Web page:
Date of Award:

2004

Document Type:

Dissertation

Degree Name:

Doctor of Philosophy (PhD)

Department:

Nutrition, Dietetics, and Food Sciences

Department name when degree awarded

Nutrition and Food Sciences

Advisor/Chair:

Marie K. Walsh

Abstract

This study developed and characterized phospholipid vesicles, or liposomes, that mimic cell surfaces. Microemulsified liposomes contained biotinylated phosphatidylethanolamine, allowing them to be immobilized to avidin-coated glass. Laminin (LN), glycosphingolipids (GMl and GM3), and Escherichia coli's mechanosensitive channel of large conductance (EcoMscL) were embedded into liposome membranes. It was determined whether these embedded molecules exhibited their physiological roles of adhesion, cell recognition, and mechanosensation, respectively. Confocal laser scanning microscopy (CLSM) was employed to examine the interaction of fluorescently probed proteins, toxins, and bacteria with the immobilized microemulsified liposomes. Capture of individual and simultaneous multiple species of bacteria by GMl, GM3, or LN liposomes was quantified using ELISA and PCR.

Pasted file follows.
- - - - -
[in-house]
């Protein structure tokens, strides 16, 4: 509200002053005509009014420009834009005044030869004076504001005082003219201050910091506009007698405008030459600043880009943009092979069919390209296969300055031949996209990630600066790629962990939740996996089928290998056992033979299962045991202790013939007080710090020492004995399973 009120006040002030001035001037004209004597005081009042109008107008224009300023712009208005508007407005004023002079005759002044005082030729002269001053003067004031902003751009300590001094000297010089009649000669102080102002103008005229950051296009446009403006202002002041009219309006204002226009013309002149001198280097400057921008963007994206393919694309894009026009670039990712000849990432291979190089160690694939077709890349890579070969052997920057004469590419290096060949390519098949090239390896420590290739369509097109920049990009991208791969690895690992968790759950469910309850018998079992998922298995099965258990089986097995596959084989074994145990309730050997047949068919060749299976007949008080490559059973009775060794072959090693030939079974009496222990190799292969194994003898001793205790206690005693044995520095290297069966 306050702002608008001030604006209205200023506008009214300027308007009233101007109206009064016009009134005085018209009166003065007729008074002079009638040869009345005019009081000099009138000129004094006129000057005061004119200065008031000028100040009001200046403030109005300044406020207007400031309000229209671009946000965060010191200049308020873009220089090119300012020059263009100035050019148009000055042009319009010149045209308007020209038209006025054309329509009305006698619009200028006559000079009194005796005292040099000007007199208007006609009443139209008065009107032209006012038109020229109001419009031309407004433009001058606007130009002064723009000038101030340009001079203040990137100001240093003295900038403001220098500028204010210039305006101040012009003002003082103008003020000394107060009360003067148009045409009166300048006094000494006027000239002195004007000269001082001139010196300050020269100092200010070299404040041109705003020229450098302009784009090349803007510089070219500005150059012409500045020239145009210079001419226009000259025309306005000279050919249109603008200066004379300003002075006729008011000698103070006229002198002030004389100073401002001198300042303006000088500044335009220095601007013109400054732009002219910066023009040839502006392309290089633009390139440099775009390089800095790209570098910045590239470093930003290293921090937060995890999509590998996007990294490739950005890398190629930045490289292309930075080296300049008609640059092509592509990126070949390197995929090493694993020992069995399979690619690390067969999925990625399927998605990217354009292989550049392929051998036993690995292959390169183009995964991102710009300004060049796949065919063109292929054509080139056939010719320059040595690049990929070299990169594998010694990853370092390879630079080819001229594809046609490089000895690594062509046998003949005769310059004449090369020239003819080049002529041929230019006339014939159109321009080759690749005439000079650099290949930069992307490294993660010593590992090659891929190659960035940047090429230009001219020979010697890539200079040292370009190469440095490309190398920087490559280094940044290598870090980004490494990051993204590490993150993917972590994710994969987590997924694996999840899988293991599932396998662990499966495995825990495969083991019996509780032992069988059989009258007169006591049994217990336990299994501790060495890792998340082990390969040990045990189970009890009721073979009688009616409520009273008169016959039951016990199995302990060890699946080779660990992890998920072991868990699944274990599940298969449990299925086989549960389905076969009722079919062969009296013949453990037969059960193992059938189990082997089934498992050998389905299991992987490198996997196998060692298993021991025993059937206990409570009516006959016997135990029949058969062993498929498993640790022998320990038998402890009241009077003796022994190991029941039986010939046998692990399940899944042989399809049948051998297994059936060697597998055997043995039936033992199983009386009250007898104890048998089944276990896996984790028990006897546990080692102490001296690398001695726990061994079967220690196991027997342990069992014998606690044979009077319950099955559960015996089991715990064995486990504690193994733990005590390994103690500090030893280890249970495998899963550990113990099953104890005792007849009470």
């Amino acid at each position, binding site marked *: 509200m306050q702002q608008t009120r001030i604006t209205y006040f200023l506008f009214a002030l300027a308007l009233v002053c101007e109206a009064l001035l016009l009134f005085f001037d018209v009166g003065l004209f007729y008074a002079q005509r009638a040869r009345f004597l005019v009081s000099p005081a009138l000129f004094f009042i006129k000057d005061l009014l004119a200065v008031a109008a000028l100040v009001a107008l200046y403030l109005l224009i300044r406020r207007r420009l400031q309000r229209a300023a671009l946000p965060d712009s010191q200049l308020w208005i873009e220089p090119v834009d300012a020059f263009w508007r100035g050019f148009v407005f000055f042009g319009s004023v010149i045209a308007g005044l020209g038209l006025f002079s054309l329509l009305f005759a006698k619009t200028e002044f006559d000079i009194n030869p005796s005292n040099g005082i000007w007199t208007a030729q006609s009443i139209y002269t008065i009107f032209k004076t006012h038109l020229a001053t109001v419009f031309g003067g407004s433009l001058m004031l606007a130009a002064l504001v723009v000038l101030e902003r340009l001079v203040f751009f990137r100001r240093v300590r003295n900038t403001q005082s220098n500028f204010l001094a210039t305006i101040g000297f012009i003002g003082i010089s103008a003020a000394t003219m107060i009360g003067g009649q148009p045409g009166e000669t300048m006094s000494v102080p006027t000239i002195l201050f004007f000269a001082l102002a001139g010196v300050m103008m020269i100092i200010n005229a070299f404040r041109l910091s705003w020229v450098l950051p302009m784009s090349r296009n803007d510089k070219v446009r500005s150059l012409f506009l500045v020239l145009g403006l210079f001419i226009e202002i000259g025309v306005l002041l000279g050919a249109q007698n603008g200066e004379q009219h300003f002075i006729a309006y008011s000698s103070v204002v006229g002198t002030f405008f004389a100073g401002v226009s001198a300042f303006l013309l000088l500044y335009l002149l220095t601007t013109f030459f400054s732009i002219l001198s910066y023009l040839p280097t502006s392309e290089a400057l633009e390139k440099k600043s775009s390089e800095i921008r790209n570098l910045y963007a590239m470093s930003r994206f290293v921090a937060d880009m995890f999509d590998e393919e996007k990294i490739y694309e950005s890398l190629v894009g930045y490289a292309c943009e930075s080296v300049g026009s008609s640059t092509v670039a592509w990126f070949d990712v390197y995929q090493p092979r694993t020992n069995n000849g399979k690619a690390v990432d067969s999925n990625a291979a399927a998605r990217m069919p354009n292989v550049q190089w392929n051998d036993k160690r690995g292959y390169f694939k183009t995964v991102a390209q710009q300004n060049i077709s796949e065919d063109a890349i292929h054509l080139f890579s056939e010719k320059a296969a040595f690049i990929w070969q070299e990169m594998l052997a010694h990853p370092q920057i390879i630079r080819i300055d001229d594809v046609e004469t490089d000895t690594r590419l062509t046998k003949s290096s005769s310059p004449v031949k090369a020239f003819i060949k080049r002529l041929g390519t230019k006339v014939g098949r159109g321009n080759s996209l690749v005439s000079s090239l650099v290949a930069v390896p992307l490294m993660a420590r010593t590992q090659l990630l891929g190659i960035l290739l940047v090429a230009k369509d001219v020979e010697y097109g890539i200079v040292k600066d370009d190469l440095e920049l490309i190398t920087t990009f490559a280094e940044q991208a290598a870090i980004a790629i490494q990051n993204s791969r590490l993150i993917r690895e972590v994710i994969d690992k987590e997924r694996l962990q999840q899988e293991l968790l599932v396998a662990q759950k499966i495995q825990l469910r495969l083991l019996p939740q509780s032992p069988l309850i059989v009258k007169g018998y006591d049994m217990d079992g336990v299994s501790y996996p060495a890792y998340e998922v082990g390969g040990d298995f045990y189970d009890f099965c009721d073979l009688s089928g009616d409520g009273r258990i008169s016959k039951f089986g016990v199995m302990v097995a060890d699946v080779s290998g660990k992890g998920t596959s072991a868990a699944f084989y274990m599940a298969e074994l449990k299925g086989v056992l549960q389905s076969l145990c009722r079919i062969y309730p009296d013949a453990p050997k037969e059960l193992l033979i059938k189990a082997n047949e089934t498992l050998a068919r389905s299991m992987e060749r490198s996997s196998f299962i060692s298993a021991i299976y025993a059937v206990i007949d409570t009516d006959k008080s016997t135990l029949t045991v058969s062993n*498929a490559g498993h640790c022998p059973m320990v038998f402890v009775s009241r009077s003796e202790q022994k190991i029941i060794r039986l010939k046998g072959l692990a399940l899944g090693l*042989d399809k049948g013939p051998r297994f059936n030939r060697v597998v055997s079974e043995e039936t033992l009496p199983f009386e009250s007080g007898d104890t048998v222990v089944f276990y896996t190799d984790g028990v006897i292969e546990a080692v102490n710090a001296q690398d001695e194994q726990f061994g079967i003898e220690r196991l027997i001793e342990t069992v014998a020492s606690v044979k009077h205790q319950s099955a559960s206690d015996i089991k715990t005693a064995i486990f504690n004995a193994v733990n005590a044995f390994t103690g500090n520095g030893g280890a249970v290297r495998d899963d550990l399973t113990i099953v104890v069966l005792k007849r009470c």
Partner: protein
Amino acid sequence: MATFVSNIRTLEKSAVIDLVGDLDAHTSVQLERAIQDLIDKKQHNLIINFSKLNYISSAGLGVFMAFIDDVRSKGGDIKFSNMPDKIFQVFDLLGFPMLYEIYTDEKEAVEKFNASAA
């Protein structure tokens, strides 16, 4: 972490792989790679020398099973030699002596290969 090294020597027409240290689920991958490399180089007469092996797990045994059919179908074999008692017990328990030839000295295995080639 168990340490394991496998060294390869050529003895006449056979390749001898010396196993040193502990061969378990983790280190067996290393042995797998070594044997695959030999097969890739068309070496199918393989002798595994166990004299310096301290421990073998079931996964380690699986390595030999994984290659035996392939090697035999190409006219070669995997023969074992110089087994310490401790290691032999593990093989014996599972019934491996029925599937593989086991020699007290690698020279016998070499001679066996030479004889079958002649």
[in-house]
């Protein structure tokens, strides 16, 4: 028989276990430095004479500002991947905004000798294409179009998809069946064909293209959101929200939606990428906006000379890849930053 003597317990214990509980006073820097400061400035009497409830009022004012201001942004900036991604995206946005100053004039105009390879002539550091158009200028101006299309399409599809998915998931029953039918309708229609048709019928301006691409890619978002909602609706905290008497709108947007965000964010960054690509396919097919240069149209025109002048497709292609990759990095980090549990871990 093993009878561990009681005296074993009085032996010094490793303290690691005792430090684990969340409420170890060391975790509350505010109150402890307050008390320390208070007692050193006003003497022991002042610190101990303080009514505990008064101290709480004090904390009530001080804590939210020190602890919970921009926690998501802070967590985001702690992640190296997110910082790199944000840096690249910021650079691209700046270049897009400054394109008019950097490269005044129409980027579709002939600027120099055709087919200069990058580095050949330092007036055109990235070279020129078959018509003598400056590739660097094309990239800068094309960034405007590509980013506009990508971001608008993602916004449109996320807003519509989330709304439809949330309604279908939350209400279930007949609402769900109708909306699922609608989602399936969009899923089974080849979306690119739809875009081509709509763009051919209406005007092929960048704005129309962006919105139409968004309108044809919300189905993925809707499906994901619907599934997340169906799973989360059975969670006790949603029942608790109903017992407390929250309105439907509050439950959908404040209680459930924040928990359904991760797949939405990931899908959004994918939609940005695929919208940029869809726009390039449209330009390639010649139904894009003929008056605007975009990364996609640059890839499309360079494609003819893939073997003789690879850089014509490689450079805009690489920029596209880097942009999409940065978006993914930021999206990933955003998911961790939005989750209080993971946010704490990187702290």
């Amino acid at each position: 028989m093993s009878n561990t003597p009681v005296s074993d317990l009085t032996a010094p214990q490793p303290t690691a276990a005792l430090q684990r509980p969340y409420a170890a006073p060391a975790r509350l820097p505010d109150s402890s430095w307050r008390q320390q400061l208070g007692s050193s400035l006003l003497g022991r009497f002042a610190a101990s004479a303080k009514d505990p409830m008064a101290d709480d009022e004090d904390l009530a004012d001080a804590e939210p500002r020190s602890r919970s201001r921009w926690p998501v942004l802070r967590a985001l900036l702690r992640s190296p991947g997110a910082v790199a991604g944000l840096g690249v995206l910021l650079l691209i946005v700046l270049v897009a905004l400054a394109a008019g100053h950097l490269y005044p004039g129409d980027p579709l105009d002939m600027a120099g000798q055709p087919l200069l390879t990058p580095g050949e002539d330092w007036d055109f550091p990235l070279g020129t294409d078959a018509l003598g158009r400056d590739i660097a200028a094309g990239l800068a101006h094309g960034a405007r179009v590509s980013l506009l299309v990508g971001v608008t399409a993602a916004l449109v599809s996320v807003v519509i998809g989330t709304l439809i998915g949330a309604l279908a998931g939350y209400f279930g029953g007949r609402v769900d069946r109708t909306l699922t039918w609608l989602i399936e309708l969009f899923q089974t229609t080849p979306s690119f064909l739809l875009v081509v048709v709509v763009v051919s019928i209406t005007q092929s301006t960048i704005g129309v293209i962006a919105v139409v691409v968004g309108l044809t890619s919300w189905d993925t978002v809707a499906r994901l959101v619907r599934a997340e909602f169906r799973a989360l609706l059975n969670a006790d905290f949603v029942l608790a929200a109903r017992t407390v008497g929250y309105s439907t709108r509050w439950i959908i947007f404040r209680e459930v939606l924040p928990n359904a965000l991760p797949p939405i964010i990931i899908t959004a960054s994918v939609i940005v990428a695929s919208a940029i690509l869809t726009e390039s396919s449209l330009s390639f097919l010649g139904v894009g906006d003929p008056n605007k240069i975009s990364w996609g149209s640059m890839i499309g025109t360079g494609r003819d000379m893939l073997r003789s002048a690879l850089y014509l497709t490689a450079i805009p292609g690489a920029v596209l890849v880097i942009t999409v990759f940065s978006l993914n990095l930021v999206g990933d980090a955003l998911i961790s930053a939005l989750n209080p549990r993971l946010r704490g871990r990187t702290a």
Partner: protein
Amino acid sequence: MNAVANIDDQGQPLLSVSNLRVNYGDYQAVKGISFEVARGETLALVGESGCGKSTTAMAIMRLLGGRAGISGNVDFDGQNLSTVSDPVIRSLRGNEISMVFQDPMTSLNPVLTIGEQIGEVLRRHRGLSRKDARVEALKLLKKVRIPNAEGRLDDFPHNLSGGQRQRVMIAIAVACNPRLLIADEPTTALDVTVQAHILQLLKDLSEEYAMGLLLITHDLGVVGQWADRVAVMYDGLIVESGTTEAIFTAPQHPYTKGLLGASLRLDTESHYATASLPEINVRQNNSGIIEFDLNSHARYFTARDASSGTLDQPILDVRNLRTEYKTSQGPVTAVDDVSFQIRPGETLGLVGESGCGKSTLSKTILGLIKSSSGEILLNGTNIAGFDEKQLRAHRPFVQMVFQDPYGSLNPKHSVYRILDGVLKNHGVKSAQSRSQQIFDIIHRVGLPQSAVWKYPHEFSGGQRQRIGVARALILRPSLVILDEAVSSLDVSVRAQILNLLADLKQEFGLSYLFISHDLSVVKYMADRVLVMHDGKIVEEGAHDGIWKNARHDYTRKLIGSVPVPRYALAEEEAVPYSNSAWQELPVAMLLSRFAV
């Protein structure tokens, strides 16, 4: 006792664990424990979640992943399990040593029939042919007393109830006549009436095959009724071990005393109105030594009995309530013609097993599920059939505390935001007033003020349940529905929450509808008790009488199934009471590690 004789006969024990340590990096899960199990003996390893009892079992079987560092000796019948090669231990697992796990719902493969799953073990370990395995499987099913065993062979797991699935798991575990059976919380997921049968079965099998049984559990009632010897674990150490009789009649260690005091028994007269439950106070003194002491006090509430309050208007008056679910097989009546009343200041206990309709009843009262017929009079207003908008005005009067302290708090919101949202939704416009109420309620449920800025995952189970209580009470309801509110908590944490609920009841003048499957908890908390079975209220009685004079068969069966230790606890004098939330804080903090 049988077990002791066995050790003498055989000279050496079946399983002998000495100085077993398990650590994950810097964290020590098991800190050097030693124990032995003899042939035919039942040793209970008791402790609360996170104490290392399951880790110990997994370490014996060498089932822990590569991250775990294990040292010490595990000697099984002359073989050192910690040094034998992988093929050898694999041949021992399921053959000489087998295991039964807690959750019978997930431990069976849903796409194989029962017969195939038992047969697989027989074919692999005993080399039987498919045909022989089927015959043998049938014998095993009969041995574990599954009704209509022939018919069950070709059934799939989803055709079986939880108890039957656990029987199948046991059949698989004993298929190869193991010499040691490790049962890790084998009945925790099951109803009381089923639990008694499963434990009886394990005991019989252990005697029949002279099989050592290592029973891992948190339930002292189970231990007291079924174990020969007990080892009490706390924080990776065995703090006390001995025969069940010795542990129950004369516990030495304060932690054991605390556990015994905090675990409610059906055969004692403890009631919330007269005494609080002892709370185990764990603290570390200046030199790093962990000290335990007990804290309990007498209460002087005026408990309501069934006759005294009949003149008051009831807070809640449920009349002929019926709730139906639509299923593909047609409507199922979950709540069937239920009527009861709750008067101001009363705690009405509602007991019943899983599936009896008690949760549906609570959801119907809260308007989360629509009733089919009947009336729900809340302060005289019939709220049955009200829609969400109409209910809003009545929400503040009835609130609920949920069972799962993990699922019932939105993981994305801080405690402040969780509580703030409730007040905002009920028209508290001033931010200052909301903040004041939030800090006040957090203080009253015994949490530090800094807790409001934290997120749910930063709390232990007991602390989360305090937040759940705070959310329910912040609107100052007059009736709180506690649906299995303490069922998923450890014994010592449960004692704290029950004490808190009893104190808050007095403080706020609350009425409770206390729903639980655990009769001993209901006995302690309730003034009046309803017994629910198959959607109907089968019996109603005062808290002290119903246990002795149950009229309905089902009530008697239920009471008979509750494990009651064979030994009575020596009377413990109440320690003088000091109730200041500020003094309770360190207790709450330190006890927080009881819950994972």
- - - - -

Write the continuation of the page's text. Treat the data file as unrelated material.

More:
Surface-bound liposomes were unilamellar and immovable, allowing removal of unincorporated probes and biomolecules. Liposomes remained intact and stable against leakage of encapsulated sulforhodamine B for several months after immobilization. Functional reconstitution of EcoMscL was examined using CLSM during modulations in the immursing solution.

Cholera toxin(Β subunit) (CTB), bovine lactoferrin (BLF), and E. coli O157:H7 were co-localized proximate to the surface of GMl liposomes. ELISAs determined E. coli O157:H7 and Salmonella enteritidis were captured on GMl liposomes containing GMI at 8.9 molar percent of total lipid. Listeria monocytogenes and Listeria innocua were not captured on the same liposomes.

PCR identified the capture of specific bacterial species from individual species and mixtures of several species on liposomes. Simultaneous assays with mixtures of multiple species showed that the receptor-associated binding of bacteria, described with PCR assays of an individual species, were independent of competitive microorganisms. L. monocytogenes and L. innocua were more frequently bound to LN liposomes than other liposomes, indicating LN promotes adhesion of both the pathogenic and a nonpathogenic strain of Listeria. E. coli O157:H7 was more frequently captured on GMI liposomes than other liposomes, indicating a specificity for this bacteria. S. enteritidis bound to all liposomes, indicating a non-specific interaction.

Known eukaryotic biomolecules implicated in cell recognition, adhesion, and mechanosensation were embedded in a system of artificial bilayers immobilized on a solid support. Liposomes constitute a biomimetic capable of specifically interacting and capturing proteins, toxins, and bacteria in solution.

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